Purpose: This study contributes to current efforts to design and implement sustainable innovation strategies in organisations from the textile industry. This study aims to examine how businesses can overcome the current challenges (e.g. lack of resources) of sustainable innovation by the incorporation of green knowledge of customers into their value co-creation strategies. Such strategies are based on actively listening to customers and addressing their expectations with regard to environmental sustainability, in particular in the face of the negative environmental impact of the fast-fashion industry. Design/methodology/approach: The findings of this study are derived from the analysis of data collected from 208 small and medium enterprises (SMEs) in the Spanish textile sector. A partial least squares structural equation modeling analysis was conducted using version 3.3.3 of the SmartPLS software. Findings: This paper contributes to the literature on environmental sustainability by informing SME eco-innovation through the active listening of their customers’ perceptions while implementing value co-creation strategies. The research has found that engaging with customers and actively listening and addressing their expectations can result in the creation of green knowledge that contributes to both incremental and radical eco-innovation in the textile sector. Practical implications: This study found that when organisations from the sector lack eco-innovation capabilities, their existing and often their potential customer base is able to acquire new environmental knowledge and transfer it to the business through a process of value co-creation. The research also found that such green knowledge has the potential to lead to eco-innovation in the sector. In other words, the value co-creation process between the textile industry and its customers is a driver of the eco-innovations required to reduce the environmental impact of the sector, helping it address both its sustainability and its ethical challenges. Originality/value: This study proposes that co-creation challenges such as the lack of resources, funding, qualified staff or technologies motivate companies in the textile sector to collaborate with their customers to seek joint solutions.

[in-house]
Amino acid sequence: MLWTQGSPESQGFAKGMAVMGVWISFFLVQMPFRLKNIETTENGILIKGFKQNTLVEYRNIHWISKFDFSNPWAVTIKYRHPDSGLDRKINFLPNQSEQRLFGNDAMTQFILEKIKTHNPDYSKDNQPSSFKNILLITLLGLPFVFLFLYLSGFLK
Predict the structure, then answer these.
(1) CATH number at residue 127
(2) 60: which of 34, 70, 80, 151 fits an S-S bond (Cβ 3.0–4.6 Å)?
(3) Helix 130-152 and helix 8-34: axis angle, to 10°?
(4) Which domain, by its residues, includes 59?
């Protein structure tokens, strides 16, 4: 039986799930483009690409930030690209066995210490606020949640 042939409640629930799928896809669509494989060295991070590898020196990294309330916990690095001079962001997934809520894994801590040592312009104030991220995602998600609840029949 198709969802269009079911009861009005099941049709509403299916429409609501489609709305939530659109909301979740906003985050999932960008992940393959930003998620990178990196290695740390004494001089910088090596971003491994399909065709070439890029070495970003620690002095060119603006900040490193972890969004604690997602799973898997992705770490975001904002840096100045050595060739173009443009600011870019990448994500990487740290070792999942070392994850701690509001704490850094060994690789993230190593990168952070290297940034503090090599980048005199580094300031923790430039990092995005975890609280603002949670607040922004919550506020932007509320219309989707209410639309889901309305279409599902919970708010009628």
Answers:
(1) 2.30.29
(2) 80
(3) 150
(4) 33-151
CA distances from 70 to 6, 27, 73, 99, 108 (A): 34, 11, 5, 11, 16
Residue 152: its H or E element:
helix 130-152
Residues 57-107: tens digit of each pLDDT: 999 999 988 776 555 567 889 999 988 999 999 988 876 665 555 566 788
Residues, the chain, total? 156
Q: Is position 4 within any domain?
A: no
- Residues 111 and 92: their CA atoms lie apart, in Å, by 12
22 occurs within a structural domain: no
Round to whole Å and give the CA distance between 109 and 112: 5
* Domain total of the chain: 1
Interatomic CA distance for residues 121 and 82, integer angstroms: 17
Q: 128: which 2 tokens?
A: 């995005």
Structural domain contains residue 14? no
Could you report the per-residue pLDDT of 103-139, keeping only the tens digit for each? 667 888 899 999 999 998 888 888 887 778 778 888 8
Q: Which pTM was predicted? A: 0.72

- Active listening to customers
- Co-creation challenges
- Green knowledge
- Incremental eco-innovations
- Radical eco-innovations